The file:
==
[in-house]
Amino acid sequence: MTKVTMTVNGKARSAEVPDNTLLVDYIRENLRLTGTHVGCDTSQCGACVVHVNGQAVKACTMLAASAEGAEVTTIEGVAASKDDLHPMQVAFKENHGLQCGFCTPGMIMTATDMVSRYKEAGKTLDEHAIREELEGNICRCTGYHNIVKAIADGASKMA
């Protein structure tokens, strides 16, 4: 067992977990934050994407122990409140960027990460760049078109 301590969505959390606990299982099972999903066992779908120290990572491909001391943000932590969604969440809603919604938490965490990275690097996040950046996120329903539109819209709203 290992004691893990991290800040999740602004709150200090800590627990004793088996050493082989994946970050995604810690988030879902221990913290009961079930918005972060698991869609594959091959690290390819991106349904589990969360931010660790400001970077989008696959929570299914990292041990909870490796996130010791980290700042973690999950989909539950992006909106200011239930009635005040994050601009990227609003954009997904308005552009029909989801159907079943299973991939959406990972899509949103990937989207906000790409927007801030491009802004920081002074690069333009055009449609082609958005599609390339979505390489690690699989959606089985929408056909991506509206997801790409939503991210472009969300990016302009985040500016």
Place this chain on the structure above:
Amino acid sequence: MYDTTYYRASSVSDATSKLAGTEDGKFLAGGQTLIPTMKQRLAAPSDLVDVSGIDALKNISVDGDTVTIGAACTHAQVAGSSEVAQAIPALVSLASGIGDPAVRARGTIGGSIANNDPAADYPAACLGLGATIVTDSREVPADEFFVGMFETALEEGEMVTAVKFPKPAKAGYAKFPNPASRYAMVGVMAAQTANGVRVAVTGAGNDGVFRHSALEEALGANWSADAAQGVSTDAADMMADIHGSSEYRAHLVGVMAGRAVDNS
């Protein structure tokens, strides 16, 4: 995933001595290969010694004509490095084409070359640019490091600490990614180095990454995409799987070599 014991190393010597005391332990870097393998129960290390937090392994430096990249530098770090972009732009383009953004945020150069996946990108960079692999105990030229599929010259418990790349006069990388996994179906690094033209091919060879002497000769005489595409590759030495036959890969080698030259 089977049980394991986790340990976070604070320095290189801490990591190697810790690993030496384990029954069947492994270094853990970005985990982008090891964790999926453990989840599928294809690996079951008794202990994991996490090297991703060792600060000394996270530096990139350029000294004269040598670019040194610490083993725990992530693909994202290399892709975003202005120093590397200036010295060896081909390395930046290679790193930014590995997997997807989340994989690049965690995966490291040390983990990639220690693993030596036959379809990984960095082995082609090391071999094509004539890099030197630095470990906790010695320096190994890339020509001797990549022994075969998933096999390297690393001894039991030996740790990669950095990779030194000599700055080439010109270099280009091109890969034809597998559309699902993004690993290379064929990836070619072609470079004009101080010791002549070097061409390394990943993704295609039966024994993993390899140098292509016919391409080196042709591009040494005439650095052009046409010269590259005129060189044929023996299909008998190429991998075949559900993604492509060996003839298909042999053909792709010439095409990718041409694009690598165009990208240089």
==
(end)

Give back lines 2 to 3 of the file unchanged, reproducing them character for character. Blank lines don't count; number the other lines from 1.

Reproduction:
Amino acid sequence: MTKVTMTVNGKARSAEVPDNTLLVDYIRENLRLTGTHVGCDTSQCGACVVHVNGQAVKACTMLAASAEGAEVTTIEGVAASKDDLHPMQVAFKENHGLQCGFCTPGMIMTATDMVSRYKEAGKTLDEHAIREELEGNICRCTGYHNIVKAIADGASKMA
């Protein structure tokens, strides 16, 4: 067992977990934050994407122990409140960027990460760049078109 301590969505959390606990299982099972999903066992779908120290990572491909001391943000932590969604969440809603919604938490965490990275690097996040950046996120329903539109819209709203 290992004691893990991290800040999740602004709150200090800590627990004793088996050493082989994946970050995604810690988030879902221990913290009961079930918005972060698991869609594959091959690290390819991106349904589990969360931010660790400001970077989008696959929570299914990292041990909870490796996130010791980290700042973690999950989909539950992006909106200011239930009635005040994050601009990227609003954009997904308005552009029909989801159907079943299973991939959406990972899509949103990937989207906000790409927007801030491009802004920081002074690069333009055009449609082609958005599609390339979505390489690690699989959606089985929408056909991506509206997801790409939503991210472009969300990016302009985040500016």